NACDS Webinar offers retailers strategies for surviving the downturn
NEW YORK Times, they are a’changing. Already, marketing and merchandising paradigms had been evolving or redefined on a constant basis over the past decade — baby boomers, Gen-Xers, Gen-Yers, tweens, (remember metrosexuals?), e-shoppers, etc.
And now there’s a new class of shopper to add to that list — what Information Resources’ Thom Blischok has coined as the downturn generation. It’s a shopper whose behavior is being transformed by the current state of the recession economy and the uncertainty around jobs. And while Blischok also identified two other still-key demographics in their own rights, those being baby boomers and Hispanics, there may be a little downturn generation in all of us.
It’s important only in as much as your competitors don’t pay any attention to that forever redefined consumer base. Because the fact is downturn generation shoppers who may be practicing frugality to a fault are real. They exist. And according to IRI’s consumer research, they will continue to practice those shopping behaviors they’re learning now long after the recession has transformed into recovery. Being aware of your shoppers’ needs and wants, and how they decide between the two, and molding a market plan to meet those needs and/or wants; well that’s just opportunity.
Separately, IRI also released last week some startling data that underscores that downturn generations shopping behavior — 78% of both lower- and higher-income consumers believe private label products are typically of excellent quality. And that, combined with the downturn generation mindset, makes the counter-store-brand argument of “You get what you pay for,” a bit antiquated.
For retailers, that means there’s opportunity to increase their private-label penetration from below the 25% level at which it stands today. For branded-product suppliers, it means that innovation and differentiation that cannot be easily replicated is now even more crucial to the successful launch of a new product or line extension. Similarly, it’s also crucial that branded-product suppliers connect directly with those customer demographics noted above, because while the sale of national-brand equivalents may be on the rise, it’s with the brand that a consumer develops a strong emotional connection.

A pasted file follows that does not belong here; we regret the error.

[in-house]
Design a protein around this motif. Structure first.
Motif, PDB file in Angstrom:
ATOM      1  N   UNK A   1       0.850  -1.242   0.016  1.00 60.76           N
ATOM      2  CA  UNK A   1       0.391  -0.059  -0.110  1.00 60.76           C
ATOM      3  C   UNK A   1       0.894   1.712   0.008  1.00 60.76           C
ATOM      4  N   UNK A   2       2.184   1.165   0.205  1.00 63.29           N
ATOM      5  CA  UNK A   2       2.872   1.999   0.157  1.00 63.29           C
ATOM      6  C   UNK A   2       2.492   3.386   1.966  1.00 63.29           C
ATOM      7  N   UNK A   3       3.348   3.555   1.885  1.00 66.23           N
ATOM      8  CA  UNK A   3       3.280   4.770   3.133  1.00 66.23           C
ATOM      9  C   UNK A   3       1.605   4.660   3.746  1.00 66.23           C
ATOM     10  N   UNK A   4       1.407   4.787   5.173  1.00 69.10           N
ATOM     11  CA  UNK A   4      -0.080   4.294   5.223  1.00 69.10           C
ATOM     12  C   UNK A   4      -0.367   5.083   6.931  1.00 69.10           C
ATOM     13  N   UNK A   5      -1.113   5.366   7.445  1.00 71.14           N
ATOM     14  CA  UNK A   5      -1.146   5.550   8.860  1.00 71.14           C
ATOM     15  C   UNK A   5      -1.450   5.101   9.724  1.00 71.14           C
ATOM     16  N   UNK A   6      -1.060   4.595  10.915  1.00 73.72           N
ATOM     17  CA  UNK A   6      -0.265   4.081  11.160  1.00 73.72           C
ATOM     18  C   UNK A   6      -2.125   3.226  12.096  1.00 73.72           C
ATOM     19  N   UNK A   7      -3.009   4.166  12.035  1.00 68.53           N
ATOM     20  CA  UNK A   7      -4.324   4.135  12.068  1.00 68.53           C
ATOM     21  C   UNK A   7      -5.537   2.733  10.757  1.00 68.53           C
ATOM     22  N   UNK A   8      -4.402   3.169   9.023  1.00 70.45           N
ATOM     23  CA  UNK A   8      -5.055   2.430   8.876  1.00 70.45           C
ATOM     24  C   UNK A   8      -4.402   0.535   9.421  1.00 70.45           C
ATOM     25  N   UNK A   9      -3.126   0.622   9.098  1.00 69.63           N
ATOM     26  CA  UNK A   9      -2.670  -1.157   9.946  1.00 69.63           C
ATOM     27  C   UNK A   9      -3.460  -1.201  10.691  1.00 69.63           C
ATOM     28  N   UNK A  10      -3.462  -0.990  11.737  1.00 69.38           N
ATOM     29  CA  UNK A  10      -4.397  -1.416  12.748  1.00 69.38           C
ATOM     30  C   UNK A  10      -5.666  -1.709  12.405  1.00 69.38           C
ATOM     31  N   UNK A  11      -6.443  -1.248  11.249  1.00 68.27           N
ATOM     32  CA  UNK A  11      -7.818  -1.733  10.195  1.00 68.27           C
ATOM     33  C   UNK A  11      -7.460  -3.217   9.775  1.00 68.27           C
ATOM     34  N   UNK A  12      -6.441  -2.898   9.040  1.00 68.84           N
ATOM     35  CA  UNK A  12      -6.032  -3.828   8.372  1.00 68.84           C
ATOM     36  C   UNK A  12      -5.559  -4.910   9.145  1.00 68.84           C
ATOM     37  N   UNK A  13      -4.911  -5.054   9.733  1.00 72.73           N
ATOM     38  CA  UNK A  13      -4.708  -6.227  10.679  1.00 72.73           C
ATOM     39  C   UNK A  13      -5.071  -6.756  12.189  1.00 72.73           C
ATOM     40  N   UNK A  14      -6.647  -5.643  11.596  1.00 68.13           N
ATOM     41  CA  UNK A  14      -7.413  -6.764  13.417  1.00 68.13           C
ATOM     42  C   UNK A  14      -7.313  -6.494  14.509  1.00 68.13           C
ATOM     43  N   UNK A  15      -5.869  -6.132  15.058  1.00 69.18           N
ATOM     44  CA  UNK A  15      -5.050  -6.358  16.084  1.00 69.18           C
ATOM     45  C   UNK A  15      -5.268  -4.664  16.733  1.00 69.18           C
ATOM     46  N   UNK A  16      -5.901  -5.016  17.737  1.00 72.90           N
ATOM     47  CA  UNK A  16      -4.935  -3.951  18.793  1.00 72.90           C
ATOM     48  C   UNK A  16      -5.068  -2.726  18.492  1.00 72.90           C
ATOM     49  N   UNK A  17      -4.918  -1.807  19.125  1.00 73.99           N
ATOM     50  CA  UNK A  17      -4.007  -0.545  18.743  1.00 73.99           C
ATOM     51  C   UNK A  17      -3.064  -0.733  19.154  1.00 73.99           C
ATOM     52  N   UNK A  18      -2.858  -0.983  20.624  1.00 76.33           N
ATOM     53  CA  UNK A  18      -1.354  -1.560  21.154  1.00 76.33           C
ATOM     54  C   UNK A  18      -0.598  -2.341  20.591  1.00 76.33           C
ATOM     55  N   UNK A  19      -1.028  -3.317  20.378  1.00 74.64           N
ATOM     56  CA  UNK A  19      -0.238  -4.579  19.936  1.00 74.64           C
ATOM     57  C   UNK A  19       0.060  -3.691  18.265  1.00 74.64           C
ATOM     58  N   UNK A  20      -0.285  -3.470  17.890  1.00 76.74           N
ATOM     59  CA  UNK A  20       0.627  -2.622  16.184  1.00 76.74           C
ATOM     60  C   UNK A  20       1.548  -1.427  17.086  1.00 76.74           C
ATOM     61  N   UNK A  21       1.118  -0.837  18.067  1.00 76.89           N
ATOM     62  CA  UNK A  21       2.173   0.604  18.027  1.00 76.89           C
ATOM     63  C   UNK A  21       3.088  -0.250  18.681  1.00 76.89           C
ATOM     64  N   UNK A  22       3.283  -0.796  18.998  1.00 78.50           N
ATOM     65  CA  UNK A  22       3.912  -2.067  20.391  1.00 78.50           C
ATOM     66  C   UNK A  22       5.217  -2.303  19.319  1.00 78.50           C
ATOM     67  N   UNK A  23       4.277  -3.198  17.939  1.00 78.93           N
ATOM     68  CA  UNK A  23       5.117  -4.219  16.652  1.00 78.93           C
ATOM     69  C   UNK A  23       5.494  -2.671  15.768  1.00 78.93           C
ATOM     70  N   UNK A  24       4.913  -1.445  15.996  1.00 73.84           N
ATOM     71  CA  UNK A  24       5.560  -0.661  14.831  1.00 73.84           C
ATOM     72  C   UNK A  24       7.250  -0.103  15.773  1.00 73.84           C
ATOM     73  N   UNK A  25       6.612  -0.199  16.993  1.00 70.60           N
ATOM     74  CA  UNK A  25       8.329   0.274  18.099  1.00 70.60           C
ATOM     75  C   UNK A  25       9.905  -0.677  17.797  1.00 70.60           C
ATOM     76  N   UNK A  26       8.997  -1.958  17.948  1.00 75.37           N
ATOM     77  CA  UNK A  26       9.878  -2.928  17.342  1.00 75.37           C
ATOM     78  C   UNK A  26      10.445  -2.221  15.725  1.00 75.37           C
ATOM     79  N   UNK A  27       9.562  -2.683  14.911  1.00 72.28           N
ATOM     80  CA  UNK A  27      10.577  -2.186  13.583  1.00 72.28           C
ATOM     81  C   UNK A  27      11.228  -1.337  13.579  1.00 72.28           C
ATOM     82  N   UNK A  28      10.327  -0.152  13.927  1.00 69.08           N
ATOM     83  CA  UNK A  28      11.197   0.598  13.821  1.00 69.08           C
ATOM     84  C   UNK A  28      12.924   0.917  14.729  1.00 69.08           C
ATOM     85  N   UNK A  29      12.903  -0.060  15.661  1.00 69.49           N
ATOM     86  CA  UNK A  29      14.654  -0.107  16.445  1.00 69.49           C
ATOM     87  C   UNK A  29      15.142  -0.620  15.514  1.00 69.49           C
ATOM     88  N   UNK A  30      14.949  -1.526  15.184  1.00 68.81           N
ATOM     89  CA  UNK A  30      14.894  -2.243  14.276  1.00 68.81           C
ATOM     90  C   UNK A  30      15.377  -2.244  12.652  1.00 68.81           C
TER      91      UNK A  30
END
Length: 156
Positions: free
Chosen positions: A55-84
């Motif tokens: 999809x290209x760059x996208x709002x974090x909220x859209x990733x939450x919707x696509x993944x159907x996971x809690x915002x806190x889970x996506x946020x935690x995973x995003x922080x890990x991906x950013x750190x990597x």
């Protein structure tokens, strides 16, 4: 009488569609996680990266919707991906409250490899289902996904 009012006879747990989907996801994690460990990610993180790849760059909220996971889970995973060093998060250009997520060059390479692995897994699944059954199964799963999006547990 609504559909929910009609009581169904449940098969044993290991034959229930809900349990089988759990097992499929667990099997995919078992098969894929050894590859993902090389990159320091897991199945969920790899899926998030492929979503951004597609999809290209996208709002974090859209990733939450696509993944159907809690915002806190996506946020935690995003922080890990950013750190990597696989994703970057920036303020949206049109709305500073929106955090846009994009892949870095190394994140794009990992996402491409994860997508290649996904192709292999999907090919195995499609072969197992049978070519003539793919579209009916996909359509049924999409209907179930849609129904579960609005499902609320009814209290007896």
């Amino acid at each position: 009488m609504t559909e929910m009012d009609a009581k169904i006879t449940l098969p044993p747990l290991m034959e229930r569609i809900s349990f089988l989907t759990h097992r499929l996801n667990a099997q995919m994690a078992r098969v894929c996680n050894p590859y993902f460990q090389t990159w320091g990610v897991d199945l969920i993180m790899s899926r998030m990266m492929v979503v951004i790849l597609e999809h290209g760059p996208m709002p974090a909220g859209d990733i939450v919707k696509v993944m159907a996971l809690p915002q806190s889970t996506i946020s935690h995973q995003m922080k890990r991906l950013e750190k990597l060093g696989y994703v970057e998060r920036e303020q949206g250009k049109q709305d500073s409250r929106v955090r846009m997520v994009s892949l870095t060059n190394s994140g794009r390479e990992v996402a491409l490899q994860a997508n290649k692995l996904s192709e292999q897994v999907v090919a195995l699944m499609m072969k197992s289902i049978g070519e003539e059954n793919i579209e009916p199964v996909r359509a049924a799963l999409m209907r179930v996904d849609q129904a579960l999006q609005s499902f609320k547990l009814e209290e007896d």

Safeway adds two to board of directors
PLEASANTON, Calif. Safeway on Monday named Arun Sarin and Michael Shannon to the company’s board of directors. The company’s board of directors will expand from 10 to 12 members with these new appointments, the company stated.
“We are fortunate to have individuals with these credentials joining the board,” stated Safeway chairman, president and CEO Steve Burd. “[Sarin] and [Shannon] have each run substantial businesses, and their experience will be valuable to our board.”
Sarin has worked in the telecommunications industry for the majority of his career. Most recently, he was the CEO of Vodafone Group, one of the world’s largest mobile phone companies by revenue. Sarin has served on numerous boards including Gap, Charles Schwab and Cisco Systems. He recently retired from being a non-executive director of the Court of the Bank of England.
Shannon founded KSL Capital Partners in 2004 and its predecessor, KSL Recreation Corporation, in 1992, serving as its president and CEO. KSL Capital Partners is a U.S. private equity firm dedicated to investments in travel and leisure businesses. Shannon also founded and became CEO of KSL Resorts in 2004, following the sale of KSL Recreation. During his tenure as CEO, KSL Recreation grew to become one of the largest independent owners and operators of resorts. From 1986 to 1992, Shannon served as president and CEO of Vail Associates, owner of the Vail and Beaver Creek resorts in Colorado. He currently serves on the board of ING Direct, the Vail Valley Foundation, the United States Ski and Snowboard Association and Eisenhower Memorial Hospital.
IRI discusses health care during recession in new report
CHICAGO Information Resources Inc. on Thursday released a report, “The Changing Landscape of Healthcare and the American Consumer,” outlining the forward impact the current recession will have on how Americans research, purchase and use health care.
“Health care is costly, and people are rethinking how they take care of themselves in order to conserve funds,” Thom Blischok, president, consulting and innovation, IRI, wrote in the opening of the report. “Instead of sticking with their tried-and-true healthcare options, consumers are aggressively seeking affordable solutions for health and wellness, both in terms of how they obtain care and in the healthcare products they choose.”
And while Americans are changing how they choose health care, the Food and Drug Administration is “flexing its regulatory muscles again.” And while the new FDA activism is expected to make medicines and supplements safer, it also has the potential to add significant costs overall — including added costs in drug development as well as added costs to keep those medicines already approved on store or pharmacy shelves.